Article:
Recently a Qualmark customer emailed us asking if fretting corrosion on connectors could be accelerated using HALT methodologies. Here is our response:
Fretting corrosion is a bit difficult, because it’s really a two stage process. First, you need fretting from vibration to scrape away the gold on the connector, then you need humidity and oxygen to induce the subsequent corrosion of the metallic layers underneath. The vibration in HALT is great at the first part. However, the actual corrosion process isn’t significantly accelerated by the chamber stresses. It is a chemical process that is well described by the Arrhenius Equation, and it takes time. Also, the atmosphere in the chamber is 100% dry nitrogen, so you don’t have the environment to induce corrosion.
If you want to see if a design or connector change will reduce fretting, it’s easy enough to put samples with and without the change in the chamber in a combined environment (the thermal extremes should accelerate connector wear by changing the connector retention and spring forces during vibration), then stop the test every 30 minutes and do a microscopic examination of the connector, looking for fretting damage. You can easily see if a change is resulting in less fretting, or if certain contacts are fretted more than others.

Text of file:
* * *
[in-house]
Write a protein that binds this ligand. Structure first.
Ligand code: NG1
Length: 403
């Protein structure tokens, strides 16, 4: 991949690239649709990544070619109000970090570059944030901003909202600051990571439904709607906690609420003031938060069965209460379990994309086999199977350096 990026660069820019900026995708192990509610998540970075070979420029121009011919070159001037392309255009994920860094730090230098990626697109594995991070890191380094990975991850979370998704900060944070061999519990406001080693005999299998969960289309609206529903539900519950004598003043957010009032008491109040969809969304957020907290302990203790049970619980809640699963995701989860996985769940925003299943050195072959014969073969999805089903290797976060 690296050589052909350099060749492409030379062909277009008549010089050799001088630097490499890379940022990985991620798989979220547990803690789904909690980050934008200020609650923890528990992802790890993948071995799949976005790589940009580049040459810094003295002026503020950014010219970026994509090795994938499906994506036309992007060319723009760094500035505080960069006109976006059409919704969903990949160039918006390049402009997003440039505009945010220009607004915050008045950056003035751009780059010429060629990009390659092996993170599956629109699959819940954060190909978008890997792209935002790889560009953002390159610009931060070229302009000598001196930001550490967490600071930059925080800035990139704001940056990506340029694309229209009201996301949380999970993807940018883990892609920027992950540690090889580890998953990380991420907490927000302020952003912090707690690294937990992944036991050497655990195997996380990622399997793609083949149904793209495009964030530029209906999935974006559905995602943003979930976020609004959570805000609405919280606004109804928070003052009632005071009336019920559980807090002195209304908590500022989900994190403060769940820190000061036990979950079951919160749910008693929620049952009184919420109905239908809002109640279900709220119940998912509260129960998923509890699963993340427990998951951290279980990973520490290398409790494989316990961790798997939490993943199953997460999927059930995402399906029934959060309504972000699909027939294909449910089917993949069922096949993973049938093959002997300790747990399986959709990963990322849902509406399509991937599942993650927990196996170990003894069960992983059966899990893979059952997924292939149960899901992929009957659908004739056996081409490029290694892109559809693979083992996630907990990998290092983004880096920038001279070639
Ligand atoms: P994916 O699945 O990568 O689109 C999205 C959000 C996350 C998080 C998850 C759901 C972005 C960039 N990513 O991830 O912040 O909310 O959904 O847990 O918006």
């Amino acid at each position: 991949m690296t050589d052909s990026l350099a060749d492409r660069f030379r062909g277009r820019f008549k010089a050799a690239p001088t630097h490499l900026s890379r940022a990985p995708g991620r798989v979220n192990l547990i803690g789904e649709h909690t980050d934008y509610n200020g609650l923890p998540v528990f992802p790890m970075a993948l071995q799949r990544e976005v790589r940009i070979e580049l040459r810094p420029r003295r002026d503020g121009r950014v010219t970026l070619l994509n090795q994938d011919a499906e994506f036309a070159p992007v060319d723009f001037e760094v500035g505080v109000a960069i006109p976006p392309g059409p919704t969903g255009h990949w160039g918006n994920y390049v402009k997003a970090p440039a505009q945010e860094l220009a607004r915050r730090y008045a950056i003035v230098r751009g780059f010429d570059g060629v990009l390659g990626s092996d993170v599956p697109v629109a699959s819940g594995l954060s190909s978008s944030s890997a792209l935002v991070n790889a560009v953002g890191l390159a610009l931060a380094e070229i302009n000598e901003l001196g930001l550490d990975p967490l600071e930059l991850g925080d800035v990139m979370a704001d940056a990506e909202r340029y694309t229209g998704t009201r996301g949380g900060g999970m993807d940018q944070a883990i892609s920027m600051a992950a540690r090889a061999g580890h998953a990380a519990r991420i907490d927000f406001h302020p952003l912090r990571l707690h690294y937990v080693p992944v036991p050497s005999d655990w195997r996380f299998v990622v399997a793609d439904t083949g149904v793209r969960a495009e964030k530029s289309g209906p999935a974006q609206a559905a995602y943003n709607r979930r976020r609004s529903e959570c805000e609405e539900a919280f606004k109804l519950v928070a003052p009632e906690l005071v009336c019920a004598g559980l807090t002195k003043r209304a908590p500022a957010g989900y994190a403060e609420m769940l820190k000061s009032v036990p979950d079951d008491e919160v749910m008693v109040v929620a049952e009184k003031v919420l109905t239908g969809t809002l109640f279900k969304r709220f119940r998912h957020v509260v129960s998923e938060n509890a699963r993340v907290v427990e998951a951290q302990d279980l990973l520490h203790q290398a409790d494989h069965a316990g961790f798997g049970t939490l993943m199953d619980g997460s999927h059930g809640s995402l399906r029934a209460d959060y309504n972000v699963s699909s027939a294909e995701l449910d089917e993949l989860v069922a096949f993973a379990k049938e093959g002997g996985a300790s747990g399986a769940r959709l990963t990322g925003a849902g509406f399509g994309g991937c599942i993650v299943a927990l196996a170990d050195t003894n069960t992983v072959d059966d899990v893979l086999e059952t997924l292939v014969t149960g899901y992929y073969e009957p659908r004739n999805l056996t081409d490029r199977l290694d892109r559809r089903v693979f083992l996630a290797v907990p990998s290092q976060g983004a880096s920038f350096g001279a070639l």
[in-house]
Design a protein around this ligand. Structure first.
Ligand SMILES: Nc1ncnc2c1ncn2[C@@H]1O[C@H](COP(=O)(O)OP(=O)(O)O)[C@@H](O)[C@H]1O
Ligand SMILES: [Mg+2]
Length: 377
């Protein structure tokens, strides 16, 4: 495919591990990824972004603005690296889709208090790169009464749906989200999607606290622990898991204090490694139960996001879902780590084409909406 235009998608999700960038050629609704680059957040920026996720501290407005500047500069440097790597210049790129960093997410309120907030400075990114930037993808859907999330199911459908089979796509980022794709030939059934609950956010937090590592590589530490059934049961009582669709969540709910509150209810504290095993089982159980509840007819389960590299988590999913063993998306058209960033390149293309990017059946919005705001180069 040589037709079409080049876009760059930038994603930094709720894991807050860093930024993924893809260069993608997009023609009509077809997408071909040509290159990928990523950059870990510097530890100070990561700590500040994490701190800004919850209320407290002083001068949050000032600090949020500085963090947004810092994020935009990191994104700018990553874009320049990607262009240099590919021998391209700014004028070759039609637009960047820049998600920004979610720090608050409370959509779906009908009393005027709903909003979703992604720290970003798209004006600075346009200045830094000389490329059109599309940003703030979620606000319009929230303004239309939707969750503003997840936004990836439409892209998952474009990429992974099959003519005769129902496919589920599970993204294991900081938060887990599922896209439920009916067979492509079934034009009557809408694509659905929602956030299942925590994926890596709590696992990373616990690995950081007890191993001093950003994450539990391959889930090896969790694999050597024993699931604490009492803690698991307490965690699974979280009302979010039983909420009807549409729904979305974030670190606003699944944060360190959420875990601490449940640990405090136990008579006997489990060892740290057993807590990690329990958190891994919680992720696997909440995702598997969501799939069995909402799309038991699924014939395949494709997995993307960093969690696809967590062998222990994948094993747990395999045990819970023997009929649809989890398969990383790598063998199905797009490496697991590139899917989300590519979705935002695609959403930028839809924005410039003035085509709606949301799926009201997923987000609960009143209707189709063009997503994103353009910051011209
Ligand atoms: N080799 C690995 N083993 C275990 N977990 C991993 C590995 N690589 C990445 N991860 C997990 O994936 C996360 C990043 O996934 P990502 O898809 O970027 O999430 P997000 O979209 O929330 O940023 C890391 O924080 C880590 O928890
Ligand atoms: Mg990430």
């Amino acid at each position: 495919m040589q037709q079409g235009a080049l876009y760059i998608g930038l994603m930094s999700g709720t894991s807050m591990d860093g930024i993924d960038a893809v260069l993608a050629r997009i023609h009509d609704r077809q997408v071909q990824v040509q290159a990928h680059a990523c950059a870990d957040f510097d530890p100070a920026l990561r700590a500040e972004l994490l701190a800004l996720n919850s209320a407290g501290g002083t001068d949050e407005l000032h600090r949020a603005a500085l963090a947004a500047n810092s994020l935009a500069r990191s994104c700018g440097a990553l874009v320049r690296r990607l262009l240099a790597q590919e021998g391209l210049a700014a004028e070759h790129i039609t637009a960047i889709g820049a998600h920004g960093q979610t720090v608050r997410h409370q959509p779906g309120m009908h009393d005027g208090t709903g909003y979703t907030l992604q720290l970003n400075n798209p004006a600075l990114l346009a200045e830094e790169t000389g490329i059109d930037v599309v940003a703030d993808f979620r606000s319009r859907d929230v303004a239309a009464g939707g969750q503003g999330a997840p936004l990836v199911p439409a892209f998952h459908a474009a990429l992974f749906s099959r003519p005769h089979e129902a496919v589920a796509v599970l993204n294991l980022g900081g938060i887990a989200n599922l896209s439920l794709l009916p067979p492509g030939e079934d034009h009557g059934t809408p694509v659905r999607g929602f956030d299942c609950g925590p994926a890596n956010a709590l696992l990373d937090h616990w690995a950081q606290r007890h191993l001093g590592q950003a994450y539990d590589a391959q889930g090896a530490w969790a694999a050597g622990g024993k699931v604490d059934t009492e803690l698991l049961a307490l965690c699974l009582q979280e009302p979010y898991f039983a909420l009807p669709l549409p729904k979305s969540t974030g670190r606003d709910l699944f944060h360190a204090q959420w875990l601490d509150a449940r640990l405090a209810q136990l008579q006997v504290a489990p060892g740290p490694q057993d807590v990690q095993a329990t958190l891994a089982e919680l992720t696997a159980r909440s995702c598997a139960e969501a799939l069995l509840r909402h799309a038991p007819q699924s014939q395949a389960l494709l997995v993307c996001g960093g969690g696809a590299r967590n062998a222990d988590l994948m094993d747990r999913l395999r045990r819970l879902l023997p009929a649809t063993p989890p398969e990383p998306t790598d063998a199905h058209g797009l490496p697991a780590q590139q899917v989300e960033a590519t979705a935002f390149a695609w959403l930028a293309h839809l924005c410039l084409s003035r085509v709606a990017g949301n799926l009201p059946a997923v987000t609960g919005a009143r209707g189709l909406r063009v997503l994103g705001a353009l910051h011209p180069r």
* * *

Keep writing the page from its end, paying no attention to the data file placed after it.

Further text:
If you really want to see the corrosion happening, do a combined test in the HALT chamber first, then move the specimens to a humidity chamber. The humidity chamber will accelerate the corrosion if the contacts have been fretted enough by the vibration to allow it to happen.
When you’re trying to induce fretting, you want to fixture the product so that the connector can move with respect to the contacts. If you have a board with a connector plugged onto a card edge connector, fixture the board down, then just loosely wire tie the connector on, so it doesn’t fall off, but is free to move and respond to the vibration as it will.
I have seen connector fretting cause failures when doing HALT on devices with card edge connectors, so I know for a fact the vibration will fret the contacts!
Also, don’t go hot enough in temperature to allow the connector to deform, as that will impact your results. Remember that the connector is typically experiencing a retention force of some type, and you don’t have to get too close to the melting point to have that force result in deformation. If it’s a typical PVC connector housing, stay under 80C.
FYI. And remember – If it isn’t broken, you’re not done yet!
Neill Doertenbach, Senior Applications Engineer